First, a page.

Articles - Mortality assumptions remain internationally inconsistent


Cass academics warn of serious implications for investors

 Five years on from their study warning that actuaries must address the ‘considerable differences’ in mortality assumptions across the EU, academics from Cass Business School, which is part of City University London, and Kingston University have discovered that nothing has changed.
  
 The paper questions whether the differences in the mortality assumptions can be justified by the data, and calls on actuaries to take a more consistent approach across countries, warning that this lack of consistency could have significant implications for investors and organisations across the world.
  
 The widest variation in assumed life expectancy in the study was between France and Denmark, where actuaries assume that a 65 year old man can expect to live for 27.5 years in the former and 15.1 years in the latter, a difference of more than twelve years.
  
 The paper ‘Second International Comparative Study of Mortality Tables for Pension Fund Retirees’, by Cass Professors Steve Haberman and Richard Verrall withTerry Sithole of Kingston University, updates a previous study from 2006 which comparedmortality assumptions used in the valuation of defined benefit pension liabilities in Australia, Austria, Belgium, Canada, Denmark, Finland, France, Germany, Ireland, Italy, Japan, Netherlands, Spain, Sweden, Switzerland, UK and USA.  
  
 Professor Verrall said: “It is not surprising that the mortality assumptions used in company pension schemes should vary from country to country, due to variations in underlying population mortality as well as variations of the profile of typical membership of a company pension scheme. However, it appears that variations in mortality assumptions are much greater than would be justified by these factors alone.”
  
 Commenting on the importance of the conclusions of the study, Professor Haberman said: “Defined benefit pension liabilities can form a significant item on the balance sheet of many companies. If, for example, a company is the subject of a merger or acquisition and the jurisdiction of the regulations governing the pension liability changes, this can have a significant impact on the transaction.”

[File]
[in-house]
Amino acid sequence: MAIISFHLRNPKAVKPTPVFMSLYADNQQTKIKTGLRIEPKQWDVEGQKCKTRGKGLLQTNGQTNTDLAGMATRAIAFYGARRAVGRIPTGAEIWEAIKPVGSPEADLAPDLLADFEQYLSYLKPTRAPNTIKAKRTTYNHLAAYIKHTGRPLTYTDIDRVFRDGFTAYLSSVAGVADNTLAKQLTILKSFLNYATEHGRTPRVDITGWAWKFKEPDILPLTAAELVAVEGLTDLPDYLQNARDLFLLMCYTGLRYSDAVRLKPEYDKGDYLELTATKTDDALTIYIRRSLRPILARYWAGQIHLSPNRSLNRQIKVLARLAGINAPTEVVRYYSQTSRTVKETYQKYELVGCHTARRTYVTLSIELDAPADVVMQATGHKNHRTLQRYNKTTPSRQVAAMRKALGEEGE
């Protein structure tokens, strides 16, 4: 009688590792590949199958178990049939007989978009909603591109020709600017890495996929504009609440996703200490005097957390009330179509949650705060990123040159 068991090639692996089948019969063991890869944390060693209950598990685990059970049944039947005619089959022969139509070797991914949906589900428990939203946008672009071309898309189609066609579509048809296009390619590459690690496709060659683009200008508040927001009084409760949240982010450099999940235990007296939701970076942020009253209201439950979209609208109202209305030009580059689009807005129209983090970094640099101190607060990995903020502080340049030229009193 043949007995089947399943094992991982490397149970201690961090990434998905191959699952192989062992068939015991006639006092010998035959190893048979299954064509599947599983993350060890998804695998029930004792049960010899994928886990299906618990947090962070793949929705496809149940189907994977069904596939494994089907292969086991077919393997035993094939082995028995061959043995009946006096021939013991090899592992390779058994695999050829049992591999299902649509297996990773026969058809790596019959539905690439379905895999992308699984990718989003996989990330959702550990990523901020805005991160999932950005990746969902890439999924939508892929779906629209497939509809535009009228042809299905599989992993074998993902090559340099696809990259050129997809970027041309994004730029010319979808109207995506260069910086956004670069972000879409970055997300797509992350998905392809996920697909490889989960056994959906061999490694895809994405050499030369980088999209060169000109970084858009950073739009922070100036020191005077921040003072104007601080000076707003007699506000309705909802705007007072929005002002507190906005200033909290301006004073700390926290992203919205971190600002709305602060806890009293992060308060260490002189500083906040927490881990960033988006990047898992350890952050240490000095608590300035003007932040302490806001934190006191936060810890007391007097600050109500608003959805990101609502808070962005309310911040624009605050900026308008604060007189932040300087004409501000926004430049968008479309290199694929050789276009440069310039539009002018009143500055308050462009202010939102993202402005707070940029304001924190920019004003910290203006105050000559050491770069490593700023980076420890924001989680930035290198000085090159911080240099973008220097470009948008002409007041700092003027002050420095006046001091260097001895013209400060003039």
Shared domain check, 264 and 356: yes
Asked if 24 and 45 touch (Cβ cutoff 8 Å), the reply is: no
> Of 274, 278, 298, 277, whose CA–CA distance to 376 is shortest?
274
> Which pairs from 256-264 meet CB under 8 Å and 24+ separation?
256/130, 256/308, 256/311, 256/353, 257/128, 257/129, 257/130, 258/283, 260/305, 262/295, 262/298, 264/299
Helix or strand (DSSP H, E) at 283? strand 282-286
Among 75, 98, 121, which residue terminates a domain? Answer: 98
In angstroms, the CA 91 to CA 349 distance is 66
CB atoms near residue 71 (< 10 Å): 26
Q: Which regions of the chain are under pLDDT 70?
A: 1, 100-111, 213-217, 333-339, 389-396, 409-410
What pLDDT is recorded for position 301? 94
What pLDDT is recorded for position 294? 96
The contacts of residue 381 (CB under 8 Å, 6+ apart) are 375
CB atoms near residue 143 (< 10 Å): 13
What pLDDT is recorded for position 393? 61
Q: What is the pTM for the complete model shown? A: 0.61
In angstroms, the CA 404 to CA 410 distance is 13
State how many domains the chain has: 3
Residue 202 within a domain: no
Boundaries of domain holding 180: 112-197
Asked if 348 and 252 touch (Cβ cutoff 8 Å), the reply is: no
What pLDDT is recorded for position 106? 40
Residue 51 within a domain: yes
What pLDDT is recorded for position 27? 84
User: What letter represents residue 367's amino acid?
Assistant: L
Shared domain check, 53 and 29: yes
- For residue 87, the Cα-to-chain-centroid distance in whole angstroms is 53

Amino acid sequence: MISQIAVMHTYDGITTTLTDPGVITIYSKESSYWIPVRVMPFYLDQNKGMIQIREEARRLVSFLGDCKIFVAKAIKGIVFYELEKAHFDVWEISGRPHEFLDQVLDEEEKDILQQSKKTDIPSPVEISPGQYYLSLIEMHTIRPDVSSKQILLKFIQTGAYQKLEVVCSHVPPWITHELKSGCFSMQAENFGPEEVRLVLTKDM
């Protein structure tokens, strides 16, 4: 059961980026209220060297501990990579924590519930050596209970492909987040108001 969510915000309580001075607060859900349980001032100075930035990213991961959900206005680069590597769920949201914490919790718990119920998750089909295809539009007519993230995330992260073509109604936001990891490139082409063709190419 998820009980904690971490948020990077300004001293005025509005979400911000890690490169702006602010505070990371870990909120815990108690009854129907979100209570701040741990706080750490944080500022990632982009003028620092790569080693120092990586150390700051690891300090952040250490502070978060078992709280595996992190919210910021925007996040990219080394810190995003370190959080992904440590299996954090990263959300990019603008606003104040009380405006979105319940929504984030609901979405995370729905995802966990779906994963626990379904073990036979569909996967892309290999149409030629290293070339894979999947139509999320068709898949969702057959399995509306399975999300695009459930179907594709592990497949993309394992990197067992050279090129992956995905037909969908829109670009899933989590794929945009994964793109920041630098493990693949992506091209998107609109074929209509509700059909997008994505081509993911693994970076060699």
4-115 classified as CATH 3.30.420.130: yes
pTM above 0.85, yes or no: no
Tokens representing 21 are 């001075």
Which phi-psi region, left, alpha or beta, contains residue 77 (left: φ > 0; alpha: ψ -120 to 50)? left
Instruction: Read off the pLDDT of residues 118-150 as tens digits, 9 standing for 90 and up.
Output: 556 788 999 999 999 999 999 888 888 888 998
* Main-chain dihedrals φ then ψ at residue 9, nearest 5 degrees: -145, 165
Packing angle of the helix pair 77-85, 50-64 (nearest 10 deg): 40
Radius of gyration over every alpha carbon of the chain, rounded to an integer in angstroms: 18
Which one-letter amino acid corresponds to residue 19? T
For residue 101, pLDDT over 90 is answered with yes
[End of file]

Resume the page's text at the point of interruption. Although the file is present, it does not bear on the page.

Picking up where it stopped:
The 2006 study was funded by the Actuarial Profession and a group of firms of consulting actuaries. This new project was requested by the IAA Mortality Task Force because new mortality tables have been adopted in some countries since the original study, and, in many cases, the population mortality data have also been updated.  The underlying research work has been funded by the Actuarial Profession through the Mortality Research Steering Group.
  
 The paper will be presented by the authors at the Staple Inn Hall, London on 20 June 2011 at 5pm.

Back to Index


Similar News to this Story

Inflation risk premium why think about it now
An inflation risk premium (IRP) is nothing new. Market-implied inflation has historically been higher than actual realised inflation. There is only
Workplace emergency savings
Nest Insight event dedicated to workplace emergency savings, where we’ll share the latest findings from our research trials and hear from other practi
How to identify the key issues early in reserving
This article looks at how an analytical approach to reserving can help actuaries focus on what really matters, right at the start of the process. We s

Site Search

Exact   Any  

Latest Actuarial Jobs

Actuarial Login

Email
Password
 Jobseeker    Client
Reminder Logon

APA Sponsors

Actuarial Jobs & News Feeds

Jobs RSS News RSS

WikiActuary

Be the first to contribute to our definitive actuarial reference forum. Built by actuaries for actuaries.